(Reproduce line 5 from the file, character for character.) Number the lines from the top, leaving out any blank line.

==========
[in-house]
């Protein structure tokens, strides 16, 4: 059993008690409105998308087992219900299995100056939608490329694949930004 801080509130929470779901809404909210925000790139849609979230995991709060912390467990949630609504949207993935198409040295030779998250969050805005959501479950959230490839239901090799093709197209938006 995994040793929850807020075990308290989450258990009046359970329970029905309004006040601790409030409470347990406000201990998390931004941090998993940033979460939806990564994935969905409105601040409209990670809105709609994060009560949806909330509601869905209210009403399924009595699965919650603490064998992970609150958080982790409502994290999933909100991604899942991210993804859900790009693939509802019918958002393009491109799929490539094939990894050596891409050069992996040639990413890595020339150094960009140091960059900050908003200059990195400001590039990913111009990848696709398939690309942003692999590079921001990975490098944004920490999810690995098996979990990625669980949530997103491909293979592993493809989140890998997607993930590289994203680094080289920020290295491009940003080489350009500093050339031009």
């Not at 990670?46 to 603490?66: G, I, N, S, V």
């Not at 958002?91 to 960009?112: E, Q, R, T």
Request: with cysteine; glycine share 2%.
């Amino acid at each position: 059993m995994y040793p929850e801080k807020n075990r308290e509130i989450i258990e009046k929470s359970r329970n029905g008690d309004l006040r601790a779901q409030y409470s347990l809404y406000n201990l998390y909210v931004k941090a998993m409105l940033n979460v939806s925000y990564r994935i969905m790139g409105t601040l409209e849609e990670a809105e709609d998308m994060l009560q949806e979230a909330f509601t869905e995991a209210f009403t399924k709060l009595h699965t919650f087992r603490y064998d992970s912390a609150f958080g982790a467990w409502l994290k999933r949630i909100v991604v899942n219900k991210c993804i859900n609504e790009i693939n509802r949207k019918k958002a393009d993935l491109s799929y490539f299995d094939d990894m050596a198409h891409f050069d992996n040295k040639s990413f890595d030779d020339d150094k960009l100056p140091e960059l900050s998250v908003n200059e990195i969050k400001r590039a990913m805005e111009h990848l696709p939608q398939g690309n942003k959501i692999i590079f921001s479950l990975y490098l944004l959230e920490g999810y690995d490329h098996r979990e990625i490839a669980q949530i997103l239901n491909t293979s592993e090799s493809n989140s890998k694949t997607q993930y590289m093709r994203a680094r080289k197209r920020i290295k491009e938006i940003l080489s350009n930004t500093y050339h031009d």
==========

Request: with cysteine; glycine share 2%.